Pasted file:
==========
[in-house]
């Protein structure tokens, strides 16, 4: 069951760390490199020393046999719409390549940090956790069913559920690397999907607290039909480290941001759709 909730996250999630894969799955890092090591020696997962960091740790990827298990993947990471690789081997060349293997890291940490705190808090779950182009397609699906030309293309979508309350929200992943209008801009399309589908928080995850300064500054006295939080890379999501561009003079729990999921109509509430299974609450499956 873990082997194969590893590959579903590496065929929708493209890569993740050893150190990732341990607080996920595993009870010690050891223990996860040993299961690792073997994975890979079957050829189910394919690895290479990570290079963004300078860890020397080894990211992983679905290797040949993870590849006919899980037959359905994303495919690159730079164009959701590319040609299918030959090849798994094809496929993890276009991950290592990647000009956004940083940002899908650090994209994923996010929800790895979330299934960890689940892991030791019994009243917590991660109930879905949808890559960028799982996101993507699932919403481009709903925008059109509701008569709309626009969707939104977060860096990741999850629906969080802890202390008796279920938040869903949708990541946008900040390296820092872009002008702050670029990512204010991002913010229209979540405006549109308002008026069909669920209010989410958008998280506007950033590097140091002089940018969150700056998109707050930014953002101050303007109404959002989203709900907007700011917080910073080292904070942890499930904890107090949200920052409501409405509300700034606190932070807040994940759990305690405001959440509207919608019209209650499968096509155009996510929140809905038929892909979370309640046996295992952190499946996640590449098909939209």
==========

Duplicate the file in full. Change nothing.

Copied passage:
[in-house]
């Protein structure tokens, strides 16, 4: 069951760390490199020393046999719409390549940090956790069913559920690397999907607290039909480290941001759709 909730996250999630894969799955890092090591020696997962960091740790990827298990993947990471690789081997060349293997890291940490705190808090779950182009397609699906030309293309979508309350929200992943209008801009399309589908928080995850300064500054006295939080890379999501561009003079729990999921109509509430299974609450499956 873990082997194969590893590959579903590496065929929708493209890569993740050893150190990732341990607080996920595993009870010690050891223990996860040993299961690792073997994975890979079957050829189910394919690895290479990570290079963004300078860890020397080894990211992983679905290797040949993870590849006919899980037959359905994303495919690159730079164009959701590319040609299918030959090849798994094809496929993890276009991950290592990647000009956004940083940002899908650090994209994923996010929800790895979330299934960890689940892991030791019994009243917590991660109930879905949808890559960028799982996101993507699932919403481009709903925008059109509701008569709309626009969707939104977060860096990741999850629906969080802890202390008796279920938040869903949708990541946008900040390296820092872009002008702050670029990512204010991002913010229209979540405006549109308002008026069909669920209010989410958008998280506007950033590097140091002089940018969150700056998109707050930014953002101050303007109404959002989203709900907007700011917080910073080292904070942890499930904890107090949200920052409501409405509300700034606190932070807040994940759990305690405001959440509207919608019209209650499968096509155009996510929140809905038929892909979370309640046996295992952190499946996640590449098909939209």